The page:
BRASILIA (Reuters) - With mystery oil slicks still moving down Brazil’s coast, the Brazilian Navy sent more ships on Thursday to try to prevent the pollution of unique coral reefs of the Abrolhos Archipelago marine park, a haven of South Atlantic Ocean biodiversity.
Marine biologists warn that the thick sludge of crude oil that has washed up along 2,500 kilometres (1,553 miles) of northeastern beaches for the last two months would have a devastating impact on the five small islands of Abrolhos.
The Navy, which deployed two frigates to join a task force of ten ships, said oil came ashore on Thursday at Belmonte in Bahia state, just 235 kilometres north of the archipelago.
“It would be a bigger environmental disaster that what we have seen so far on the beaches,” said Yara Novelli, professor at the University of Sao Paulo’s Oceanography Institute.
“Abrolhos is one of the hot spots of the South Atlantic, with an incredible biodiversity and species of coral that only exist there,” she said by telephone.
Novelli said the oil slicks have spent so long floating towards the coast from out at sea that the crude oil has become dense goo and would be very hard to remove from the reefs.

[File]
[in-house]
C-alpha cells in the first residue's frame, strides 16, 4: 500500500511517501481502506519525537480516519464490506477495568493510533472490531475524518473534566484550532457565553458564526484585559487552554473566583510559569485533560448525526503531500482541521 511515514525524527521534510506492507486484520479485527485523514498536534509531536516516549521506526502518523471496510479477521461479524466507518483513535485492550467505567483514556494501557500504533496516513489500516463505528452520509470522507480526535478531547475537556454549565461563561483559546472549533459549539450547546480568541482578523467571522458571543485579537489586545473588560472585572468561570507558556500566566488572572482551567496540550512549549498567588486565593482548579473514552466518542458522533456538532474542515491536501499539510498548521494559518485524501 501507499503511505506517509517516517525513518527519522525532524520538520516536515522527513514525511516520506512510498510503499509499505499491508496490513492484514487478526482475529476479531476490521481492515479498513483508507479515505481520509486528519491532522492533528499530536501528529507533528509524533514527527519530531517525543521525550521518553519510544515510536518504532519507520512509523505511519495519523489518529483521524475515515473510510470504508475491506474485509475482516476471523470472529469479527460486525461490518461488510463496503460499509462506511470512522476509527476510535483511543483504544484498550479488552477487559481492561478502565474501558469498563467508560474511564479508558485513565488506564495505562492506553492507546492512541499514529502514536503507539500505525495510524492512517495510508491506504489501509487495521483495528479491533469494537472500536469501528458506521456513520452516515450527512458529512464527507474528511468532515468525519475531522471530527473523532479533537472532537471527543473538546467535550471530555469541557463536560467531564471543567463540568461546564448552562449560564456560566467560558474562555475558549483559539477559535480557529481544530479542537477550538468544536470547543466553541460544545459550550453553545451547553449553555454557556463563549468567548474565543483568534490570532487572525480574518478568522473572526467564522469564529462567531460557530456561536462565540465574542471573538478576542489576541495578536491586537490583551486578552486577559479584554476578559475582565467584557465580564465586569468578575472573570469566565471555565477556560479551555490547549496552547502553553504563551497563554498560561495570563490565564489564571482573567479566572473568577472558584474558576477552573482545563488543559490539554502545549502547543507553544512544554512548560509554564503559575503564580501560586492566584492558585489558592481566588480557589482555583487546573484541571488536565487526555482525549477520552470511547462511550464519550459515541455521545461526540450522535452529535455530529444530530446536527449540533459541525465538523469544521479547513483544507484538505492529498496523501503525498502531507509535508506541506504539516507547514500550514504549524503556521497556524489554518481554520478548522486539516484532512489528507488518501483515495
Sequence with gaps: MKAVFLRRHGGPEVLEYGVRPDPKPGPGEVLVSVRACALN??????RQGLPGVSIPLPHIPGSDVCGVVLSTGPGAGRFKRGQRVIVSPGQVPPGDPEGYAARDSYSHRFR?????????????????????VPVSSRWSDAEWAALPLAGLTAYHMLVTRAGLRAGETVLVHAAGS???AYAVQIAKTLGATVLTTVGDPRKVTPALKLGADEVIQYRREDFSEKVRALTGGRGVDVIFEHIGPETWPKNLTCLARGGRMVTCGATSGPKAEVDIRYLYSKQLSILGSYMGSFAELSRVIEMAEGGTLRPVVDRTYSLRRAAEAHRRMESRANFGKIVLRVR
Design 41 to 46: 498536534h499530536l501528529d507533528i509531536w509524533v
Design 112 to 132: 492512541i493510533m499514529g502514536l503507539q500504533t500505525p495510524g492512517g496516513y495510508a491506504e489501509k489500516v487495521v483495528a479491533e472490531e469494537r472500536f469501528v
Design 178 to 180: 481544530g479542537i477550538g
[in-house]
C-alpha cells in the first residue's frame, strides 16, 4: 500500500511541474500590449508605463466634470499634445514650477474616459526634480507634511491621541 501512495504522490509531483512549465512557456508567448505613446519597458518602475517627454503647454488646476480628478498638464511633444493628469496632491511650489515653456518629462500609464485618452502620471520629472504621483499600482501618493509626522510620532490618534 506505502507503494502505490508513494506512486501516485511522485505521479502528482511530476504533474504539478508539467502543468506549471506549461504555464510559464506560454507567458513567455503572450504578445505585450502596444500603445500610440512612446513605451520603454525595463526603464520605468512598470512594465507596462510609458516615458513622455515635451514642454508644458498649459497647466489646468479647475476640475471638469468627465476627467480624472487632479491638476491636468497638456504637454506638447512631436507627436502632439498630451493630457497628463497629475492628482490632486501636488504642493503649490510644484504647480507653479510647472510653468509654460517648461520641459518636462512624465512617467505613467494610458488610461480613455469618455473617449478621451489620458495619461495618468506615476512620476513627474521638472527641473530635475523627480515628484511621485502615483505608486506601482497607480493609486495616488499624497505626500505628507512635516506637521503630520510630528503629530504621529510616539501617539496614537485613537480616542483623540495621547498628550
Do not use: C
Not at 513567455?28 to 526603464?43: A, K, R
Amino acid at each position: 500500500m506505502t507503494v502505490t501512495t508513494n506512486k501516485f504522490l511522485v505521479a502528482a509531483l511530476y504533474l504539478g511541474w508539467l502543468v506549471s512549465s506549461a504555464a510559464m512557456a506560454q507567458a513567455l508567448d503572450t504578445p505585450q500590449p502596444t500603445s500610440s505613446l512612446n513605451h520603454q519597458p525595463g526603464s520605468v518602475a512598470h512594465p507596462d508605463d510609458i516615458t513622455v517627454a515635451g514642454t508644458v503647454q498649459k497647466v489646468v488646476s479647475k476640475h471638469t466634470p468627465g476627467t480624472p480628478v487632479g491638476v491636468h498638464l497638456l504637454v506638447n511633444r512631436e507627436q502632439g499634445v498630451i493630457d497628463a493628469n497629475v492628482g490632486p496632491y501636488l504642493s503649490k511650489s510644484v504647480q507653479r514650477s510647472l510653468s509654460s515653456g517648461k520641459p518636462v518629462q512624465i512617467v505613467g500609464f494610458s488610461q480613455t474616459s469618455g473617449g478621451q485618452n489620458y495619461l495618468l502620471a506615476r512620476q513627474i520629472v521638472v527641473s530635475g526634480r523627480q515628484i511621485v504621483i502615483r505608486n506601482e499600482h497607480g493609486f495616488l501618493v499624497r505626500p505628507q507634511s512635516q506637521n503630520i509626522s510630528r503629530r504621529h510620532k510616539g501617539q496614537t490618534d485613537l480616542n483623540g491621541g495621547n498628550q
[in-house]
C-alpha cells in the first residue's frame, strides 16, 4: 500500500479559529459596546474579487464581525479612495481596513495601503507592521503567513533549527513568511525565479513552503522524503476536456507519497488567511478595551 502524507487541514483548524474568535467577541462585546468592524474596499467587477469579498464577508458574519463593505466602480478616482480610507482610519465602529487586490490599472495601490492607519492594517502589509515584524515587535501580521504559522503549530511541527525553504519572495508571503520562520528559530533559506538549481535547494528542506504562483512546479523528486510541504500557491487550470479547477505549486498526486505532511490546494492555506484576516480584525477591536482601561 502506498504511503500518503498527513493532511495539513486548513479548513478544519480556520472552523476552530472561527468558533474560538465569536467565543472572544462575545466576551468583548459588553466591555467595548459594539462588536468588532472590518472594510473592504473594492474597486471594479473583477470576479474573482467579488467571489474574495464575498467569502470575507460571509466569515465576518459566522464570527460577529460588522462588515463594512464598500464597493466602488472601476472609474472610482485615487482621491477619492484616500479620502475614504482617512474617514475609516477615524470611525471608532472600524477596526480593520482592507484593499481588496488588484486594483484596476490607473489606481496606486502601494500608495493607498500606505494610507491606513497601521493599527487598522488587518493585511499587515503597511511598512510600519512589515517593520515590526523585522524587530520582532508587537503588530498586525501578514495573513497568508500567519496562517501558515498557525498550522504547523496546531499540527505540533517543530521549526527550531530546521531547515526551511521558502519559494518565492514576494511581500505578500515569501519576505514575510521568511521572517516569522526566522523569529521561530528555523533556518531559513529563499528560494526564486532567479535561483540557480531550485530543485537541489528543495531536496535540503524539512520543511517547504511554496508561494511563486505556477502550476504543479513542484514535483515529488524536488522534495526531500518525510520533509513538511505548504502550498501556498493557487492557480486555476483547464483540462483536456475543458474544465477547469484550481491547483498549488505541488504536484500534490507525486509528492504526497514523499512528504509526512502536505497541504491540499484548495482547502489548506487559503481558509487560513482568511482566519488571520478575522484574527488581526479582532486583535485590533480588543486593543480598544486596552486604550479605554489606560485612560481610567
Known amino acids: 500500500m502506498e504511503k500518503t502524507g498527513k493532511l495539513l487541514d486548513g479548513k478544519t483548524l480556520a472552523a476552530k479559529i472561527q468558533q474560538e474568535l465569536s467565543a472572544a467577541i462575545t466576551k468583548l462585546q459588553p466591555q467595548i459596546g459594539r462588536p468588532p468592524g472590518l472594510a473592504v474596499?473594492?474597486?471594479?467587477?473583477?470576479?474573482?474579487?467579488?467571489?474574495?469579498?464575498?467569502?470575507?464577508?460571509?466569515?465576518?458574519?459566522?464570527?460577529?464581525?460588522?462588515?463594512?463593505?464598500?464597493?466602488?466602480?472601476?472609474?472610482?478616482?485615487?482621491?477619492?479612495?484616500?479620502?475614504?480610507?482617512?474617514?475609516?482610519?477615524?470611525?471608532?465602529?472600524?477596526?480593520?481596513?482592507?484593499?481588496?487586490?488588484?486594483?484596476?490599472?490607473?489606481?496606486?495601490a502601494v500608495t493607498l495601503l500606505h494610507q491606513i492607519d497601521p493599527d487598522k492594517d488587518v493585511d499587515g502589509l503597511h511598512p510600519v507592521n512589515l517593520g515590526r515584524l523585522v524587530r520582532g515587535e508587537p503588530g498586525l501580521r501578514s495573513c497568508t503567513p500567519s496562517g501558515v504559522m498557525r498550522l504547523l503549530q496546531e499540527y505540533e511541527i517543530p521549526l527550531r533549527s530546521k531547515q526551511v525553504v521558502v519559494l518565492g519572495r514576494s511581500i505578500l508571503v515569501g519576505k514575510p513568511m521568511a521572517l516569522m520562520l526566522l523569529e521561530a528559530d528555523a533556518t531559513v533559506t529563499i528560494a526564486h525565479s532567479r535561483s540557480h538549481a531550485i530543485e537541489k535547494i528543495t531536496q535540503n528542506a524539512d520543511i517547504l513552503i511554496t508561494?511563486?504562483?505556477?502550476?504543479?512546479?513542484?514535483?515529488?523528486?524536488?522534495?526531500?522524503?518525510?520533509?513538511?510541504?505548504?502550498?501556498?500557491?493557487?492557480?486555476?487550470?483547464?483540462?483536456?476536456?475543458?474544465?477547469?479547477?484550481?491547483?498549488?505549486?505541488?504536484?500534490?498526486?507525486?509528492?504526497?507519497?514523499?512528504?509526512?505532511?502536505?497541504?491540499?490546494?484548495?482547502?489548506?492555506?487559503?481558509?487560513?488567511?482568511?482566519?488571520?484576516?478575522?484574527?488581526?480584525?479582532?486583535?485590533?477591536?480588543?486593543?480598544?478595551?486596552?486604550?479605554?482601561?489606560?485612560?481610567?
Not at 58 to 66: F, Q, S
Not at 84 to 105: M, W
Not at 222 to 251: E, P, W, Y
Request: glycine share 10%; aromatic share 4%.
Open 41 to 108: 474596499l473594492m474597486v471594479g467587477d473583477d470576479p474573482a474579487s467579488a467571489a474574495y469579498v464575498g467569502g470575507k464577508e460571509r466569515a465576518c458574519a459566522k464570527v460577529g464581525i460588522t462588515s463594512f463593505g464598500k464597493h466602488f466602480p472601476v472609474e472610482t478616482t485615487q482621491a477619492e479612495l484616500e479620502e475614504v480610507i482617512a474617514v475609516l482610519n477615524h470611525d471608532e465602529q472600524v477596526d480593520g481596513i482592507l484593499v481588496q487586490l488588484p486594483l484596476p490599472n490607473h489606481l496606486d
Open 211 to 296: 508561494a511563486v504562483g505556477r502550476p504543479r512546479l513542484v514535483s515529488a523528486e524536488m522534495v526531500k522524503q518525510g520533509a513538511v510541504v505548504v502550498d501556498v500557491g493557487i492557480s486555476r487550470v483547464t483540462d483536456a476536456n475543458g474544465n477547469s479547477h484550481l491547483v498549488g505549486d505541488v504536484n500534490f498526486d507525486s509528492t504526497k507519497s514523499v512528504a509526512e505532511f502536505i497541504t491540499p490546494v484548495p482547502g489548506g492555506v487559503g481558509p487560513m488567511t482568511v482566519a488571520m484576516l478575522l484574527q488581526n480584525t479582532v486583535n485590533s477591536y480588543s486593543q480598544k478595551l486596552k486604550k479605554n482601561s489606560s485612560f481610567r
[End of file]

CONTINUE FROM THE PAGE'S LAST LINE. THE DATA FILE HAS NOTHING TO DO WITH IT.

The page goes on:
Brazil has so far collected 2,000 tonnes of sludge from beaches in cleanup efforts, while working to rehabilitate birds and sea turtles coated in the thick crude.
Brazil has yet to establish where the oil is coming from for certain. Naval commanders believe it has floated in from some 500 or 600 miles out and the most likely origin was a ship-to-ship transfer at high sea that went wrong.
The slicks are hard to spot from the air because they are moving just below the surface of the water due to the heavy density of the water-logged oil.
Brazil is searching for the tanker that might have released the oil and has narrowed the possibilities down from 1,500 ships that were in the area to just 10 sailing under different flags.
Their countries and the ships’ owners have been contacted for more information, Admiral Leonardo Puntel, Commander of Naval Operations, said.
Brazil’s Vice President Hamilton Mourao said on Wednesday the culprit could be identified this week and suggested it could have been a ship that released oil for balance to increase its stability at sea.
An initial report by state-run oil firm Petroleo Brasileiro SA (PETR4.SA), or Petrobras, indicated the samples shared the same properties as Venezuelan oil. The navy has also conducted an analysis that found the oil was Venezuelan.
Reporting by Anthony Boadle; Editing by Marguerita Choy